The US military is spending $6 million per day for tsunami relief in the Indian Ocean nations devastated by the December 26 earthquake. In other words, the armed forces alone have spent almost as much on disaster relief in 10 days than France or Spain have pledged in whole. If the military were a separate government, it would just miss the top 10 in total contributions, today. It will pass Italy and Sweden sometime next week, moving to seventh place, unless other nations step up their aid. Remember, this aid is totally separate from the $350 million pledged by the US, just as the military aid from Australia and India is in addition to their monetary contributions. Without the US Navy and Air Force, thousands would still have no access to medical care, fresh water, or food.
In other news, while the leftist brigades have excoriated Bush for not immediately appearing on television when the news hit (and for his spokesman's veiled swipe at Bill Clinton for doing so), there has been almost total silence regarding Kofi Annan's vacation in Jackson Hole. In fact, Kofi Annan's first step is hold a conference, TODAY, while Bush took the steps to set up a major aid program before running to the cameras. Annan's response should be used by Bush supporters whenever Bush is accused of inaction, because it's quite true:
First of all, there was action. It wasn't inaction. We live in a world where you can operate from wherever you are. You know the world we live in now. You don't have to be physically here to be dealing with the leaders and the governments I have been dealing with.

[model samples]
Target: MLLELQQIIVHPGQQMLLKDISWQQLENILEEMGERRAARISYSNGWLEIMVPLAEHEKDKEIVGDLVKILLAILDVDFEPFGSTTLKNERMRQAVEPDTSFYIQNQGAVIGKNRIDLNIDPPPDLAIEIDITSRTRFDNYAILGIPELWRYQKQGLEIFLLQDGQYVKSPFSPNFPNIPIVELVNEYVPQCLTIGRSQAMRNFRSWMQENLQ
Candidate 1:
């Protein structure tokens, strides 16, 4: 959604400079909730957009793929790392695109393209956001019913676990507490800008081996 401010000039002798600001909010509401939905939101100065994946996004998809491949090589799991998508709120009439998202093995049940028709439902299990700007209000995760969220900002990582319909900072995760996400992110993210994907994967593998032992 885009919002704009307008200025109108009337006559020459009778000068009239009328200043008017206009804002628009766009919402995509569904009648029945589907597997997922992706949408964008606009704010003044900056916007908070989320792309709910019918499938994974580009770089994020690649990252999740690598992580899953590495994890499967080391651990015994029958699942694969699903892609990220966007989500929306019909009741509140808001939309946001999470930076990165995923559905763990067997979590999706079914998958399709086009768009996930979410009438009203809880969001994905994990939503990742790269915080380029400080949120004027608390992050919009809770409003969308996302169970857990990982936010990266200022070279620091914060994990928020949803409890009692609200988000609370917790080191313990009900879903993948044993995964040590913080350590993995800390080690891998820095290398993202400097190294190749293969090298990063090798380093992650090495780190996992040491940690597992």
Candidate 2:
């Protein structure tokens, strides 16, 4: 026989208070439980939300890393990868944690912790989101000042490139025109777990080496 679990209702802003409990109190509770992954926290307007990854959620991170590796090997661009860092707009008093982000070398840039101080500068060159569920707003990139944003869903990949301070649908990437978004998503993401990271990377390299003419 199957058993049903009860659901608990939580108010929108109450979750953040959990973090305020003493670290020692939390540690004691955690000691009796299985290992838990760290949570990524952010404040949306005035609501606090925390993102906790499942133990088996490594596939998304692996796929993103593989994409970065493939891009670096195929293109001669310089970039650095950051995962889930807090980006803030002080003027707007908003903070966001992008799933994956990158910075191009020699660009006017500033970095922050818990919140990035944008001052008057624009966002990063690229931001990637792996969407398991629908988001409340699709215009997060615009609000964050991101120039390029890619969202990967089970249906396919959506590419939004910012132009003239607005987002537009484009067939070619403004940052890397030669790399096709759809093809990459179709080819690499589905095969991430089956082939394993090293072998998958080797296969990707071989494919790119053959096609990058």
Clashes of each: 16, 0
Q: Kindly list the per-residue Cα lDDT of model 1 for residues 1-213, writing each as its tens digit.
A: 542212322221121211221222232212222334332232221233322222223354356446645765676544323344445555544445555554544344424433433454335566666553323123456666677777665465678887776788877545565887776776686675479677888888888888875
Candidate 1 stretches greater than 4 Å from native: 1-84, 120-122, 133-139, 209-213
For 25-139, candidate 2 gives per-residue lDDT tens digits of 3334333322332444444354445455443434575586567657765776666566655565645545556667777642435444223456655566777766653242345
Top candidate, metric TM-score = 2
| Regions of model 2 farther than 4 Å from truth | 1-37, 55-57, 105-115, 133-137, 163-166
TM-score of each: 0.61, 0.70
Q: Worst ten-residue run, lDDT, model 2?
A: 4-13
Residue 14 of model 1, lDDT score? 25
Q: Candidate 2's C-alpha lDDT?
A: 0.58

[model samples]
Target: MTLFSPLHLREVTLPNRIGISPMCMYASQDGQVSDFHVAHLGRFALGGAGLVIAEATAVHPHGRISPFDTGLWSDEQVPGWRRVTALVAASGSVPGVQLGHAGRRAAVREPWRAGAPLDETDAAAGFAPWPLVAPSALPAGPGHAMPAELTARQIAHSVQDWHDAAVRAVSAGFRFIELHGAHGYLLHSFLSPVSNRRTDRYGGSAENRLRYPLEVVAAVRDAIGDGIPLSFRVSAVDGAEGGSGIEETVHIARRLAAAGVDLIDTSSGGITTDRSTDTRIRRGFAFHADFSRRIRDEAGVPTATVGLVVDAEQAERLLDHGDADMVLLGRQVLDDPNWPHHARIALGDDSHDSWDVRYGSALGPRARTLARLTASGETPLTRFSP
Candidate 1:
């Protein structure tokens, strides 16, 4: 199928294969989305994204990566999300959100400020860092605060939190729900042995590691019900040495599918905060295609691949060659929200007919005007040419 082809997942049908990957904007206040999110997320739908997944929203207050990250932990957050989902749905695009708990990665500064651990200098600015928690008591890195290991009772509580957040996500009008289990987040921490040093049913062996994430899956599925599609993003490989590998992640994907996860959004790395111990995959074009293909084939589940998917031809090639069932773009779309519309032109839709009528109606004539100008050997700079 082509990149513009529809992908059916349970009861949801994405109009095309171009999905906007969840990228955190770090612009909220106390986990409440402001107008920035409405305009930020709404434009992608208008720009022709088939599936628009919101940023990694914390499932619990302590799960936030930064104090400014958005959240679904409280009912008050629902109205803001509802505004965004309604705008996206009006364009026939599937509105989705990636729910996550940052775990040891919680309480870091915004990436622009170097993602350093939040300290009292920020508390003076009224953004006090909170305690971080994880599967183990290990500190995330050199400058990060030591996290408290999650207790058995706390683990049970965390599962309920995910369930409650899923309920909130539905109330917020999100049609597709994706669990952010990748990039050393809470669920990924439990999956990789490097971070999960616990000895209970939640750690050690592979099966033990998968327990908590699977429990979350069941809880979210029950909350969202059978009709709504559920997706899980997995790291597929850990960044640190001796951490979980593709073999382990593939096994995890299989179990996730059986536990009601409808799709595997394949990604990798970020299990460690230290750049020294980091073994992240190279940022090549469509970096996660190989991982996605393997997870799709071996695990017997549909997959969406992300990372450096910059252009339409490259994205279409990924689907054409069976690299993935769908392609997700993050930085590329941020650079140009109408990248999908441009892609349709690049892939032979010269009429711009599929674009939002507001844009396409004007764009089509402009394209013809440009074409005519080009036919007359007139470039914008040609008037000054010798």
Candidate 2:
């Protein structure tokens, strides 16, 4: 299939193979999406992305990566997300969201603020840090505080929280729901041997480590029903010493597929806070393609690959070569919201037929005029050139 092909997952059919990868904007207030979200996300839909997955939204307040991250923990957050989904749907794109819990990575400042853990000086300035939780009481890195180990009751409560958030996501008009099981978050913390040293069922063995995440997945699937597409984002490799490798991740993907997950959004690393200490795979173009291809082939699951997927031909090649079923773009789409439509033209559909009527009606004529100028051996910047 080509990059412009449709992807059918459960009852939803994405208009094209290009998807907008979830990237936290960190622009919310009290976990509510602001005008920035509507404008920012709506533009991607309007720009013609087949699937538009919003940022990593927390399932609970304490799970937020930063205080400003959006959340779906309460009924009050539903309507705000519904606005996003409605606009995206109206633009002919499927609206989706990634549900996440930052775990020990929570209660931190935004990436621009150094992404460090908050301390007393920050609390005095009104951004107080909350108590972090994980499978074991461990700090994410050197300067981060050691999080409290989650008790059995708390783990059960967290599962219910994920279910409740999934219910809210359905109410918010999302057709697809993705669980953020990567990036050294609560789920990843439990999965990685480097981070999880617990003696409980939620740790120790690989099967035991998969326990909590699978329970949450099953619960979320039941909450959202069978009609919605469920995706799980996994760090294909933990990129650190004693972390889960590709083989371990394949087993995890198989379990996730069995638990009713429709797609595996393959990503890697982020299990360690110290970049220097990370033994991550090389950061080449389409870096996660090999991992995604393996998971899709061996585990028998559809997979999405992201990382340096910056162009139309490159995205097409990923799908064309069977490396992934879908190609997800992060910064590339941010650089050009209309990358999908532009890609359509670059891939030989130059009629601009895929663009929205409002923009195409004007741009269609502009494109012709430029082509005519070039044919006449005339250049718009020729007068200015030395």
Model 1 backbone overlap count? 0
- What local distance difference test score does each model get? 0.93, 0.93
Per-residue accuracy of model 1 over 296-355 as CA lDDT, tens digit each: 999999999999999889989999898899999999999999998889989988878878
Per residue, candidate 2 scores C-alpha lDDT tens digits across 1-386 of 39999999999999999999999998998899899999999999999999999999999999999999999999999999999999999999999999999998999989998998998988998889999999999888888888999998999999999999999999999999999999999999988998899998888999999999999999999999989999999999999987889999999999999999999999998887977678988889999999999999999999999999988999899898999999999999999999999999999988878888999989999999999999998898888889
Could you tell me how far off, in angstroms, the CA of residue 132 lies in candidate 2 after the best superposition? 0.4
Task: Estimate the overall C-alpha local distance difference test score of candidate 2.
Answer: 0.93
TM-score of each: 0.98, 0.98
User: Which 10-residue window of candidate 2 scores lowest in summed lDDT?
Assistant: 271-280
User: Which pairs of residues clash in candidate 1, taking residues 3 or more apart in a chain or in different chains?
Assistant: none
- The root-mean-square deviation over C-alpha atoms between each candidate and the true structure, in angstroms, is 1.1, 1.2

It's grammatically incoherent, but Bush is not known for his elequence.
(The link the to source appears to be broken; I got itand the quotefrom Ipse Dixit.)
And of course, the military's involvement brings out the tinfoil-hatters. AFP reports (via Yahoo! News) that conspiracy theorists are claiming that the earthquake was caused by a secret military super-weapon test, or that aliens are trying to correct the earth's rotation (which has a slight wobble). Why this would be important to them is not explained. The AFP article does a fairly good job dispelling the myths, although it notes that science and reason will not sway the minds of the aggressively stupid.
UPDATE: Chuck Simmins has compiled a list of private donations from the United States. As of Thursday, 6 January, it stood at $450 Million. This is not government-dispensed funding, it's all totally voluntary. The US contribution, government and private, not including the military efforts described above, is closing in on $1 Billion, and will probably pass that threshold shortly.
The PDF file is three pages long, and includes URL citations for every single one of the listed contributions. (Consequently, it probably understates the true total by a significant amount). It includes small donations from community groups, large cash and in-kind donations by corporate interests, and money raised by the American Red Cross and Catholic Relief Services, among many other charities.